Living in Spain and bringing up a Spanglish family during the current 'crisis' and trying various ways to make some 'dinero'. Enjoying life in the sun, crafting and blogging as much as possible.

26 Apr 2012

The Baking Co-operative - Banoffee Pie

It has been a busy 2 days for me with orders for The Baking Co-operative. I have been making banoffee pies today.


1/2 packet digestive biscuits
melted butter butter
1 can condensed milk
2 bananas
whipping cream
chocolate shavings


To start with I use a brilliant tip from Jamie Oliver for making the toffee sauce. Simply place the whole can (unopened) in a pot of boiling water for 4 hours......make sure you keep and eye on the water level and keep topping up as if the pan boils dry the can will explode! After 4 hours you will have a can of toffee sauce!

Crush the biscuits and coat in the melted butter, line your dish/tin and keep refridgerated until needed.

Chop up the bananas and place on top of the biscuit base. Top with the toffee sauce. Whip up some cream and place on the top of the toffee sauce and decorate with chocolate shavings.


BANOFFEE PIE (from Wikipedia)

Banoffee pie (also spelled banoffi, or banoffy) is an English pastry-based dessert made from bananas, cream, toffee from boiled condensed milk (or dulce de leche), either on a pastry base or one made from crumbled biscuits and butter. Some versions of the recipe also include chocolate and/or coffee.
Its name is a portmanteau constructed from the words "banana" and "toffee".


Credit for the cake's invention is claimed by Val Hargreaves at The Hungry Monk restaurant in Jevington, East Sussex. They developed the dessert in 1972, having been inspired by an American dish known as "Blum's Coffee Toffee Pie", which consisted of smooth toffee topped with coffee-flavoured whipped cream. Dowding adapted the recipe to instead use the type of soft caramel toffee created by boiling a can of condensed milk, and worked with Mackenzie to add a layer of bananas. They called the dish "Banoffi" and it was an immediate success, proving so popular with their customers that they "couldn't take it off" the menu.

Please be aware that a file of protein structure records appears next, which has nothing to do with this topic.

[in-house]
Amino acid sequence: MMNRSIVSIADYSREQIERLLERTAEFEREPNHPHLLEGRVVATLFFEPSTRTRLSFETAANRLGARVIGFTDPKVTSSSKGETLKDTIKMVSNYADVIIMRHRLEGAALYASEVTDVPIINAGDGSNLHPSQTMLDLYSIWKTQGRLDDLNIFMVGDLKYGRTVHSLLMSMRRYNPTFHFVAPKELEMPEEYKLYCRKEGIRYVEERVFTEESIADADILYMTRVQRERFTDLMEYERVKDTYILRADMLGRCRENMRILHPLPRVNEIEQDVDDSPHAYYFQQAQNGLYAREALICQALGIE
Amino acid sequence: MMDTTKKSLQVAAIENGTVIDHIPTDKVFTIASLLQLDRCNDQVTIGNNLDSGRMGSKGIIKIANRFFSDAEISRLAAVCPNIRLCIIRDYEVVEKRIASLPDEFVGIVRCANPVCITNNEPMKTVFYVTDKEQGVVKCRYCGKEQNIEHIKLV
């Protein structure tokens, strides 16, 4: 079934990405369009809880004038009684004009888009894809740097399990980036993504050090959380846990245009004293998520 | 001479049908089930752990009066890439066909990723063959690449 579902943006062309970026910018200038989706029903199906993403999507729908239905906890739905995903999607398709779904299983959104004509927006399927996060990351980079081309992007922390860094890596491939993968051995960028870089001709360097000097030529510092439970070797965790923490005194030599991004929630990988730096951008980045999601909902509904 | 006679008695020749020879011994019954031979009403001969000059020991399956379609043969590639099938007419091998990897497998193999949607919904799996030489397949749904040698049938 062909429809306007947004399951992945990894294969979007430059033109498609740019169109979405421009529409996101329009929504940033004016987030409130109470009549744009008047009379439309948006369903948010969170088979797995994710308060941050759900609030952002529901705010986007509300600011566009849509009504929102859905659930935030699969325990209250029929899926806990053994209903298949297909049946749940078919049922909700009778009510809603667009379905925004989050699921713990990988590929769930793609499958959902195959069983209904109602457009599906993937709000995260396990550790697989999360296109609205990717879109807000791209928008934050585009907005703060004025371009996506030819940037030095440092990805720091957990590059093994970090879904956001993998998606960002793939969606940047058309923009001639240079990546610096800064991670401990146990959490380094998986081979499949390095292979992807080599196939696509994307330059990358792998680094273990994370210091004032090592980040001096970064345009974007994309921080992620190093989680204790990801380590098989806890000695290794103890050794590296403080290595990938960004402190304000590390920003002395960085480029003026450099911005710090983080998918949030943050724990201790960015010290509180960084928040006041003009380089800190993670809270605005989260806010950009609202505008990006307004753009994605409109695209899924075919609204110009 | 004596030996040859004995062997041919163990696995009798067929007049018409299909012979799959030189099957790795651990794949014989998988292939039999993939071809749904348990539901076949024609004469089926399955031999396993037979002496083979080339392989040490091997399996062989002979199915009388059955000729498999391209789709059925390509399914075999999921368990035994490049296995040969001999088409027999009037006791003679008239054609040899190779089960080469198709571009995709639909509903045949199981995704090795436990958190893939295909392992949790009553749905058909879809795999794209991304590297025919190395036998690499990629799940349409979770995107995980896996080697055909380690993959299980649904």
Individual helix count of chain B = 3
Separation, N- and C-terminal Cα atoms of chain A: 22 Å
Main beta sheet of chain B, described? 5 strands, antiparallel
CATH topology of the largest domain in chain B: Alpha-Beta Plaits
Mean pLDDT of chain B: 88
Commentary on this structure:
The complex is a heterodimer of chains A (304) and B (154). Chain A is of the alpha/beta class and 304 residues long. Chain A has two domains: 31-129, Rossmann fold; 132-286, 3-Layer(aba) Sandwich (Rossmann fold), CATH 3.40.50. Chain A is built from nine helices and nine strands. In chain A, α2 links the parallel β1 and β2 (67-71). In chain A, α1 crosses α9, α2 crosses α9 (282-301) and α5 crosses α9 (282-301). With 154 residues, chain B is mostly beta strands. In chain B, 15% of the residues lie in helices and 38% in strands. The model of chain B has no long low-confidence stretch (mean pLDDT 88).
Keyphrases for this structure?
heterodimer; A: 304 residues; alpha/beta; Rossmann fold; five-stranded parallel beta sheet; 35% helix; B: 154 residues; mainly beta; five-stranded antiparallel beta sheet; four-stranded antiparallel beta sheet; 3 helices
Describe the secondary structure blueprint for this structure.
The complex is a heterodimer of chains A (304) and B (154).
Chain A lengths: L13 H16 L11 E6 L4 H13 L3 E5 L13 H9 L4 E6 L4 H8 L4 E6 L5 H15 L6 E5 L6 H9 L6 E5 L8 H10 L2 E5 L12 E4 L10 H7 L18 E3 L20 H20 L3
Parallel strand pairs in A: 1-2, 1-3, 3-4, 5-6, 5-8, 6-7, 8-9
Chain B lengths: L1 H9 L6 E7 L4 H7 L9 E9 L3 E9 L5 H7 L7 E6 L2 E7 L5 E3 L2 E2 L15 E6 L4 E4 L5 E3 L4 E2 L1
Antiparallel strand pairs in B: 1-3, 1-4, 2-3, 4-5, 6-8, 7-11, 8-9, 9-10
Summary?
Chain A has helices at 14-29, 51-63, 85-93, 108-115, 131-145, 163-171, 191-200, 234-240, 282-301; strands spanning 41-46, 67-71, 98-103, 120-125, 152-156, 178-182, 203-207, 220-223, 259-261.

The recipe was adopted by other restaurants, and was reported on menus in Australia and America. In 1994, a number of supermarkets began selling it as an American pie, leading Nigel Mackenzie to offer a £10,000 prize to anyone who could disprove their claim by finding any published pre 1972 recipe for the Pie. Mackenzie erected a blue plaque on the front of The Hungry Monk confirming it as the birthplace of the world's favourite pudding.
The recipe was published in The Deeper Secrets of the Hungry Monk in 1974 (now out of print), and reprinted in the Hungry Monk's later cookbook In Heaven with the Hungry Monk (1997). Ian Dowding has since put his original recipe online because he is "pedantic about the correct version", and stated that his "pet hates are biscuit crumb bases and that horrible cream in aerosols". The recipe for the dish is often printed on the tins of Nestle's condensed milk without acknowledgement of the source.
The word "Banoffee" has entered the English language and is used to describe any food or product that tastes or smells of banana and toffee ".


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